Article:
Jesus is asked a question by the leper and simply gives a two-word response that results in the man’s deliverance from a debilitating, disfiguring disease. Notice also that the miracle is channels through Jesus’ will, not His emotions or His mind. He isn’t working Himself up into an emotional state, or for that matter calming Himself before acting. He isn’t conjuring some metaphysical mental attitude, or positive mental state. He simply, and casually responds with “I will” and the man is immediately set free. The point is that the manner in which Jesus performed miracles and healings, and His disciples likewise, is very different than the way those who believe in such things attempt to do them today. In view of the fact that modern renewalist believers experience far fewer positive outcomes in prayers for healing and deliverance than Jesus and the disciples reportedly did tells us we could learn from them if we would take the time or care to actually learn from these recorded encounters, especially in the gospels.

In verse 4 Jesus tells the man strictly not to tell anyone what had happened to him. Why would Jesus not want this miracle to be publicized? This is another departure in the methodology of Jesus regarding the miraculous that is very different than the way things are done today. Isa. 42:1-2 says that the coming Messiah would not be one to draw attention to Himself. With the advent of the internet what had once become a 24-hour news cycle has now become a two second timeframe for anything you have to say to capture someone’s attention. Because of this, sensationalism, and misleading headlines are the rule of the day, even among the most respected news sources in our culture. Unfortunately, this has bled over into Christian publications and sources as well, whose headline and subtitles read more like the National Enquirer than any thoughtful, spiritually enriching source of information. Jesus never did things this way, in fact quite the opposite.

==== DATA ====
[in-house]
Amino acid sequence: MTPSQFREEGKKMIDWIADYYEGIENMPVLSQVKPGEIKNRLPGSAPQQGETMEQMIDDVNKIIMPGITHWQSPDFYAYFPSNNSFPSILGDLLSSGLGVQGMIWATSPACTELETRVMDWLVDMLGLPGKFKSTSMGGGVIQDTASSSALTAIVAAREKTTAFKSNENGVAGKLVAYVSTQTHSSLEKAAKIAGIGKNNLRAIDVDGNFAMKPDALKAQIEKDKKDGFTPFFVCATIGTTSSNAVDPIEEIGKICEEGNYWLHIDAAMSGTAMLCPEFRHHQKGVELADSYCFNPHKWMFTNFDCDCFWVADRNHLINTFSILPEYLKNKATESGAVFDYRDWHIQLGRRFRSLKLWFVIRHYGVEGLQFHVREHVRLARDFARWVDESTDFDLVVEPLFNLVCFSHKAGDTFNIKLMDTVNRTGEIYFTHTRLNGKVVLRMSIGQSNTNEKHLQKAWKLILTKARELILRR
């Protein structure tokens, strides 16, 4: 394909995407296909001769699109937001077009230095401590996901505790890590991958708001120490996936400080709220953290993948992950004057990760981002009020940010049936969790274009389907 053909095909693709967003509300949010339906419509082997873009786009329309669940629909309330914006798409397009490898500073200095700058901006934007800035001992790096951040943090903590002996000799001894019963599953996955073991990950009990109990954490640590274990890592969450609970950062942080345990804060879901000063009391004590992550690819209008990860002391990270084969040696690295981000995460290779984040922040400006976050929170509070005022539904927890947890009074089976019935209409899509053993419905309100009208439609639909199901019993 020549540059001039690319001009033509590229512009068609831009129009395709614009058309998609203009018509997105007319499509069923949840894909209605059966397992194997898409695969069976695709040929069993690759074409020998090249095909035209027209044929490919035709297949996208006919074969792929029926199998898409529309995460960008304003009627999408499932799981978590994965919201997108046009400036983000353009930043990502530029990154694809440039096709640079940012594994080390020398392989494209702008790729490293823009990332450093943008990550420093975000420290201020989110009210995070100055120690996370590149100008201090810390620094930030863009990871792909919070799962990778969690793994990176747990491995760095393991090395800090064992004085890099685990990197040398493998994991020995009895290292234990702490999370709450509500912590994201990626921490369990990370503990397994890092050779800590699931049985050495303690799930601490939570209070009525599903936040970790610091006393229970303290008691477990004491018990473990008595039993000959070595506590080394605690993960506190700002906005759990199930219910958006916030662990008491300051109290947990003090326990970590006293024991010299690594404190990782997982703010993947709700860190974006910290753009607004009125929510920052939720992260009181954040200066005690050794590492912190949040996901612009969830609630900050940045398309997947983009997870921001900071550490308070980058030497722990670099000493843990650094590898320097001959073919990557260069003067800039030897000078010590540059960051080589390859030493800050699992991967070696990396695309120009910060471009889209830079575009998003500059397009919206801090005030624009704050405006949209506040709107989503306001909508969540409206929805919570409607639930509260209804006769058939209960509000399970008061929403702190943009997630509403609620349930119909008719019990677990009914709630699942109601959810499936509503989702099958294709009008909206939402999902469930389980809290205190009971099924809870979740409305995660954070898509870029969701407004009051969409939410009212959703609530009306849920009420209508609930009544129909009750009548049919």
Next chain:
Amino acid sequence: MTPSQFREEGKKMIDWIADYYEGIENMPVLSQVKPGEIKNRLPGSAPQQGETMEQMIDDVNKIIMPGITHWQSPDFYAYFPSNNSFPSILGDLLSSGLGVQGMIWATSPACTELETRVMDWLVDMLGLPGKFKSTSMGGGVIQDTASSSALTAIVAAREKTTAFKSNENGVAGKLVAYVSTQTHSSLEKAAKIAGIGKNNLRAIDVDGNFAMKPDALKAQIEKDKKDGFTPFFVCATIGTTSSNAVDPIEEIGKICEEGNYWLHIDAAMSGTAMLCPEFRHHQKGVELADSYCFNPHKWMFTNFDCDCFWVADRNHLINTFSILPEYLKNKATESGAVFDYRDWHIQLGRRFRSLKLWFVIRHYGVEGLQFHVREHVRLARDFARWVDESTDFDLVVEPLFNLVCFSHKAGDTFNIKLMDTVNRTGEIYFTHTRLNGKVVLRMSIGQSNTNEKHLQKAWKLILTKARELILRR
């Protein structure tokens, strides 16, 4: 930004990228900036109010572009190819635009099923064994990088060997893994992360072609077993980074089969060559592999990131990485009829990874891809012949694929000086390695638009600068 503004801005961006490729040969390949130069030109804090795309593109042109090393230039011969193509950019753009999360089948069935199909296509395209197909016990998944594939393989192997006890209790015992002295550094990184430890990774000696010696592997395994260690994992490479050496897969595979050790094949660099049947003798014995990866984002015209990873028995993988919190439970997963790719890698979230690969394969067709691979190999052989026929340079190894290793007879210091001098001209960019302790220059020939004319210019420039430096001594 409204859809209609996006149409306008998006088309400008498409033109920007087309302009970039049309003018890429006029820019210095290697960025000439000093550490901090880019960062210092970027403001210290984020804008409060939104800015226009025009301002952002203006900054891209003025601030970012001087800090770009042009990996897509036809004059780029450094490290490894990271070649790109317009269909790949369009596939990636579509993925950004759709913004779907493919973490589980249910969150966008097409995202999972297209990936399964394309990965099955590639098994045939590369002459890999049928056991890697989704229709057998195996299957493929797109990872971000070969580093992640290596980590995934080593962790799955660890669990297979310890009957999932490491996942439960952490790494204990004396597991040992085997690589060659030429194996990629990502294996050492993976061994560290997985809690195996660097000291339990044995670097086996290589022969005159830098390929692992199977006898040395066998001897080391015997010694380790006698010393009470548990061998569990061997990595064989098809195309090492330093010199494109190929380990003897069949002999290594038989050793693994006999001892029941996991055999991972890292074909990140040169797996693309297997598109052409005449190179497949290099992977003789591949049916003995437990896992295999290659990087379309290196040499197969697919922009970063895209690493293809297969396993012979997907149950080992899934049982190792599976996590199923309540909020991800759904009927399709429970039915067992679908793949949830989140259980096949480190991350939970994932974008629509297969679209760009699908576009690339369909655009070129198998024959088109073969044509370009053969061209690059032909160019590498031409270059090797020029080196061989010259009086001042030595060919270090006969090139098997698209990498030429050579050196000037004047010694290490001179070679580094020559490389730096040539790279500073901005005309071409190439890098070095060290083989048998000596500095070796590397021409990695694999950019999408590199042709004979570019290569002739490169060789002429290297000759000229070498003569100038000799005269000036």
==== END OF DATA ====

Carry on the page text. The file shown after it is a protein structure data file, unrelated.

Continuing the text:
Next, we see Jesus interacting with a centurion. This is the second of two very controversial things Jesus has done this far. First, in the Sermon on the Mount He taught His followers to think of God and relate to God as their Father. This was far more controversial than we immediately recognized. Let us remember that the primary charge for which Jesus was crucified was for claiming that God was His Father. To make such a statement, and to teach others likewise was an absolute obscenity to the religious mentalities of the day. Secondly here in verses 6-13, to find Jesus interacting with a Gentile, and a Roman at that was disgusting to a Jewish mind. Jesus anticipates this and declares in verse 11 that many Gentiles will sit in the kingdom of Heaven with Abraham, Isaac and Jacob while many Jews (children of the kingdom) would be cast into outer darkness. The term outer darkness is not just a euphemism for hell. Outer darkness was a descriptor for the outer court of the temple at night when all natural light faded and the only illumination was from the lampstand in the inner court, or the Shekinah glory in the Holy of Holies. This gives new insight into the remark that Jesus made “work while it is day, for the night comes when no man can work…” It has to do with discerning the times and the seasons of God and cooperating, moving forward with Him into deeper intimacy and cooperation with His Spirit over time, in your life’s circumstances.